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Professor Ashok Venkitaraman, Director of the MRC Cancer Unit named as the winner of the 2017 Basser Global Prize.

last modified Dec 01, 2017 01:10 PM

Professor Ashok Venkitaraman has been awarded the 2017 Basser Global Prize from the Basser Center for BRCA at the University of Pennsylvania, USA, in recognition of his contributions to the field of research into the genetics of breast cancer, particularly for his laboratories work in explaining how mutations in the breast cancer gene, BRCA2, predispose to cancer and how knowledge of its critical role in genome repair can be exploited to devise approaches for early intervention in cancers.

Each year the award recognizes a leading scientist who has conceptually advanced breast cancer gene, BRCA1/2-related research that has led to improvements in clinical care. Individuals with mutations in the BRCA1 and BRCA2 genes have an exceptionally high risk of breast or ovarian cancer. Currently, the most effective preventive strategy is surgical removal of the breasts and/or ovaries.

 “It is our privilege to recognize Dr. Venkitaraman for his inspiring accomplishments, which have significantly contributed to our understanding of how cancer is suppressed by genes such as BRCA2,” said Susan Domchek, MD, executive director of the Basser Center for BRCA and the Basser Professor of Medicine in Penn’s Abramson Cancer Center.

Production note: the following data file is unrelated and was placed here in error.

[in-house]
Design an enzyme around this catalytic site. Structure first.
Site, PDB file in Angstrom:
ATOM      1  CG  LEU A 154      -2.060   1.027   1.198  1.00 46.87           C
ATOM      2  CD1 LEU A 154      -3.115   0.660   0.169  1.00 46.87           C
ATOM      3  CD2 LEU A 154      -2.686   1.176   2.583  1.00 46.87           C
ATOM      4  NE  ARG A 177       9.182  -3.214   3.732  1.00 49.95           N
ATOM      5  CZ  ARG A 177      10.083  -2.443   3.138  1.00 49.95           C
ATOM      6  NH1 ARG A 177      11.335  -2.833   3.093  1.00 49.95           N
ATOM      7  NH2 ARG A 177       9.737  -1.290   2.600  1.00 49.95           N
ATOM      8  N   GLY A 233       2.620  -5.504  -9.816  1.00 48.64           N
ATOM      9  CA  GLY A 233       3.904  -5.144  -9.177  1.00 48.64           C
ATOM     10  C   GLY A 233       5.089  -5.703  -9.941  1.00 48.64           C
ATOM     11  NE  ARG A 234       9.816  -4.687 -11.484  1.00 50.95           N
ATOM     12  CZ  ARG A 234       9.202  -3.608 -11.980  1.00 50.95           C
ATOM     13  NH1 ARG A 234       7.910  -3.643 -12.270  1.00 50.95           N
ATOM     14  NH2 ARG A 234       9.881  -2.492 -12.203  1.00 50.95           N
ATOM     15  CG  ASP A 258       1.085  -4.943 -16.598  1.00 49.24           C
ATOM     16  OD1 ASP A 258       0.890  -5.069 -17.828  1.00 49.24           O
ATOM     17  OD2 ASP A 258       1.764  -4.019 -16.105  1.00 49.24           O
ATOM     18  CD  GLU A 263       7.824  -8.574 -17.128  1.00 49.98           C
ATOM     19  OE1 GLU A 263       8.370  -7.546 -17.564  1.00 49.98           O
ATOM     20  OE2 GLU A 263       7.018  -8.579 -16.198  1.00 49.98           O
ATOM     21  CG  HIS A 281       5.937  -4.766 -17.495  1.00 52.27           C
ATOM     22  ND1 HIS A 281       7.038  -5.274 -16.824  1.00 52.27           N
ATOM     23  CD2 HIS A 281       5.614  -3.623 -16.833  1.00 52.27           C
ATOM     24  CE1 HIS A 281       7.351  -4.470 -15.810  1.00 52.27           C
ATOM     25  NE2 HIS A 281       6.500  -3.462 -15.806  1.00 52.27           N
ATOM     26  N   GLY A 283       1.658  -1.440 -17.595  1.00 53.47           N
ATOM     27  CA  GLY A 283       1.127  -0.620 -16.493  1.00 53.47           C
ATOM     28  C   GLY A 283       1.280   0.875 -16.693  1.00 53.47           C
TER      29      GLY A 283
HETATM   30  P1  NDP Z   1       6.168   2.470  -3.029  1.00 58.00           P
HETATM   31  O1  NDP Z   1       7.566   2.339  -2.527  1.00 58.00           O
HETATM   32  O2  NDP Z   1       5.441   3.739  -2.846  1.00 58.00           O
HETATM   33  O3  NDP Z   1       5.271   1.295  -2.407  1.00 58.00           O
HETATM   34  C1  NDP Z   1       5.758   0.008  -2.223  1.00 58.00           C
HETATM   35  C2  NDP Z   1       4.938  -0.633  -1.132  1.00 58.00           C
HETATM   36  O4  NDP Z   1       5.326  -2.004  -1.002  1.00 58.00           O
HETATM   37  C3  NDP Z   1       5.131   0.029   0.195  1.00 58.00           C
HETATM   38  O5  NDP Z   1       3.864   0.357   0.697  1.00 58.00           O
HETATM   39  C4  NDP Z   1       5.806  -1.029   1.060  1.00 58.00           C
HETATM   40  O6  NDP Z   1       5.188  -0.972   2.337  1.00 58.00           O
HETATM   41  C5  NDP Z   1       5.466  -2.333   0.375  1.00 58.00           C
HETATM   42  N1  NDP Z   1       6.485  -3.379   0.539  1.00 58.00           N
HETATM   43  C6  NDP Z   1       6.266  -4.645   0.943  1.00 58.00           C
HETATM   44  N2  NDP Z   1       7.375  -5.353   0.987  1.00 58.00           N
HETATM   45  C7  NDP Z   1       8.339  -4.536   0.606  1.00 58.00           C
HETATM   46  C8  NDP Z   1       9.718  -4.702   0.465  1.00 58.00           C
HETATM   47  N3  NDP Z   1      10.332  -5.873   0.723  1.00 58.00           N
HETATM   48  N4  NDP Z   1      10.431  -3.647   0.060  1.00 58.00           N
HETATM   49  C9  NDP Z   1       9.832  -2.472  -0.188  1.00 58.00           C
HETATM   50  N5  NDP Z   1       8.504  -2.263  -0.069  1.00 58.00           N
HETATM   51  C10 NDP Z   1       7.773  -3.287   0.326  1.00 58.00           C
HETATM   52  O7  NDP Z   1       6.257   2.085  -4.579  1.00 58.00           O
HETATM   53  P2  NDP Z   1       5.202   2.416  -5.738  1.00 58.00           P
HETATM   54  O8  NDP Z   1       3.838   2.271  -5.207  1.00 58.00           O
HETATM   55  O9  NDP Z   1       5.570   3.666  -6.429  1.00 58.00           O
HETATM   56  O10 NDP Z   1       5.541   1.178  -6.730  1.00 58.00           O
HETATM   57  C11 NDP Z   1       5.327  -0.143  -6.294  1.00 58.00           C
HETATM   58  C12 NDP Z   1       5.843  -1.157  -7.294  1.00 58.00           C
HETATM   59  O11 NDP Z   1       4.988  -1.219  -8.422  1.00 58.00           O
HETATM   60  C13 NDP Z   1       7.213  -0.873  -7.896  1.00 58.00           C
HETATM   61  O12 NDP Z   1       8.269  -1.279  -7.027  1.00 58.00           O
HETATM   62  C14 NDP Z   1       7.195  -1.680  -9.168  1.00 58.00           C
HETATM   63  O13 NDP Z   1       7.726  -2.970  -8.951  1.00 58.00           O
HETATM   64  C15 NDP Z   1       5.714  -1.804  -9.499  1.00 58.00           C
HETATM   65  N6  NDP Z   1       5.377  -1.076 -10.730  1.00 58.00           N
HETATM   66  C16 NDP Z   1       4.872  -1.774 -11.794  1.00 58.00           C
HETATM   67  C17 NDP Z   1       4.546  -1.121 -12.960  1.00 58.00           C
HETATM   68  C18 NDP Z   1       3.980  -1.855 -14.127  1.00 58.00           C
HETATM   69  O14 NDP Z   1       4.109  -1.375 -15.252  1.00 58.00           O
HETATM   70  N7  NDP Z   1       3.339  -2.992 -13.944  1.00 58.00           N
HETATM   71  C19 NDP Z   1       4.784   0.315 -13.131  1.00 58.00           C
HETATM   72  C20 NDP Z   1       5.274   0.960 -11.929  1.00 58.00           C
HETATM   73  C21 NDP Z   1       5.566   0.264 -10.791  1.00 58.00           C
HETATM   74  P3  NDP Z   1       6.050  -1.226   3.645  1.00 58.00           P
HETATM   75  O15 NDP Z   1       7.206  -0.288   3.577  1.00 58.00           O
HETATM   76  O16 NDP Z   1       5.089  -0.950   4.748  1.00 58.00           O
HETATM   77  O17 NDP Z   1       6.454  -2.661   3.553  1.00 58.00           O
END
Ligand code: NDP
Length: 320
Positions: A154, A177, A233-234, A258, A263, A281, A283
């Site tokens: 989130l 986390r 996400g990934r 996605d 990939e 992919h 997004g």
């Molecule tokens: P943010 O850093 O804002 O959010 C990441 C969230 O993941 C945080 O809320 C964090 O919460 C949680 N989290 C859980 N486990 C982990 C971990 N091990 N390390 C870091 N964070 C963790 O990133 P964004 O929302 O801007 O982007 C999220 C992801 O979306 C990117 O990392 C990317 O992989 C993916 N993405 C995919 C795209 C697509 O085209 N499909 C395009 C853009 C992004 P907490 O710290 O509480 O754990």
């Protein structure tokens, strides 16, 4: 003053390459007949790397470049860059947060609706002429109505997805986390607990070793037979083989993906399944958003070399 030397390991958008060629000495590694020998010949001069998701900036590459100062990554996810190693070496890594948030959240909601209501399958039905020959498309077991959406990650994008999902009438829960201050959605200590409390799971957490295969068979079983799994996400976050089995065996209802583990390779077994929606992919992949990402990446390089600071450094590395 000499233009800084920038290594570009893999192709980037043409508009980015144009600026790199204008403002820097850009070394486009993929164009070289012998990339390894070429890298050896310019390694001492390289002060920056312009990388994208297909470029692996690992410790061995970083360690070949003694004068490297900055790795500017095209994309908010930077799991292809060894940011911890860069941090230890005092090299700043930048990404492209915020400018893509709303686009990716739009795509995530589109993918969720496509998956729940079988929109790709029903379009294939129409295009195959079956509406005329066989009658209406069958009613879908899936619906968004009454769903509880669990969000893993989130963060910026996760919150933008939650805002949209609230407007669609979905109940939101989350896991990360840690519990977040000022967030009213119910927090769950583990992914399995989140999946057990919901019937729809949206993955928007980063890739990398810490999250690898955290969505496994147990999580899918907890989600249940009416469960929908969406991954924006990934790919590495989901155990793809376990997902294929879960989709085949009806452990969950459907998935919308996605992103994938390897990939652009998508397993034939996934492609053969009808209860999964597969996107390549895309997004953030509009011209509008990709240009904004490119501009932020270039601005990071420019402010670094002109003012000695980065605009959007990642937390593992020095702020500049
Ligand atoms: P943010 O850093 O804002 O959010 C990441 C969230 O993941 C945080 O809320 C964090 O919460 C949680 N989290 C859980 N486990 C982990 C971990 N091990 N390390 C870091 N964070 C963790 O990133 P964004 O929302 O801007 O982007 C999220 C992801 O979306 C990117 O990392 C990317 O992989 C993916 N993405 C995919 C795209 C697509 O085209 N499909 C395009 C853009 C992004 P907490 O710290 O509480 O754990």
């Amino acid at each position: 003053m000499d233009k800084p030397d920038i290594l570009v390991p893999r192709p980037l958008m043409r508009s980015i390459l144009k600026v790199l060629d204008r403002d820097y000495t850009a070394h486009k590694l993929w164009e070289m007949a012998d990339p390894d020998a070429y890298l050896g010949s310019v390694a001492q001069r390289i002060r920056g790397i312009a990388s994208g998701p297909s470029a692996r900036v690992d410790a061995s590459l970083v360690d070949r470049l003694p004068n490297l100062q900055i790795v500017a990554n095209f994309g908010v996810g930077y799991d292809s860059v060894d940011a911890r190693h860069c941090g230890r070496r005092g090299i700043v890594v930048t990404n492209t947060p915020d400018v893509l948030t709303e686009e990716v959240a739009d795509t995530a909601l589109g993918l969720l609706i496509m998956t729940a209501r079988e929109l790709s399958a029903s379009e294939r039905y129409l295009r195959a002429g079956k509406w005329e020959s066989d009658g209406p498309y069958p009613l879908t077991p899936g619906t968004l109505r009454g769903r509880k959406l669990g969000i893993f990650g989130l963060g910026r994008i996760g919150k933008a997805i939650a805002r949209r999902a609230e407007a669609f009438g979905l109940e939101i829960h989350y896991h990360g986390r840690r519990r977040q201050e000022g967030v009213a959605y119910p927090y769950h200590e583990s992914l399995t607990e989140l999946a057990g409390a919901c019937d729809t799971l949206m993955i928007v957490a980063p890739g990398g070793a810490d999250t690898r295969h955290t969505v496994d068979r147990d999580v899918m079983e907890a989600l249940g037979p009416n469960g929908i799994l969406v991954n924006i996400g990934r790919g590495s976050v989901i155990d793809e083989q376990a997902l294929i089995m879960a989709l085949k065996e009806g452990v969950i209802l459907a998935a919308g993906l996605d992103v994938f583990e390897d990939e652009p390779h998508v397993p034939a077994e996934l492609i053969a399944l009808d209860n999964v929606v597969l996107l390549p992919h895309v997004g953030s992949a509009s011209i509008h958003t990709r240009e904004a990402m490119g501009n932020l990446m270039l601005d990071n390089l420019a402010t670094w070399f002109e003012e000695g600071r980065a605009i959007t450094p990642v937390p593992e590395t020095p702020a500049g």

“His pioneering work has helped clarify the basic mechanisms that govern genome repair, replication, and segregation during cell division, as well as their roles in cancer formation and treatment.  This knowledge is making a difference for patients with BRCA1/2 mutations by giving them better options for targeted therapies and improved quality of life.”

The award presentation will be accompanied by Ashok’s keynote address at the annual Basser Center for BRCA Scientific Symposium on Tuesday, May 22, 2018. The Basser Global Prize provides $100,000 in unrestricted support of the winner's BRCA1/2-related research efforts, a Basser trophy, and $10,000 cash prize, which will be awarded at the symposium.

“It is an honour to be recognized in this way by the Basser Center, which is at the forefront of efforts to improve the outcome of patients who bear BRCA1/2 mutations,” Ashok has said. “The Basser Global Prize will greatly enhance my laboratory’s ability to pursue promising new research avenues.”

The Basser Center was established in 2012 through a $25 million gift from Penn alumni Mindy and Jon Gray in memory of Mindy Gray’s sister Faith Basser, who died of ovarian cancer at age 44. The Basser Global Prize was established and subsequently endowed by Shari Basser Potter and Leonard Potter.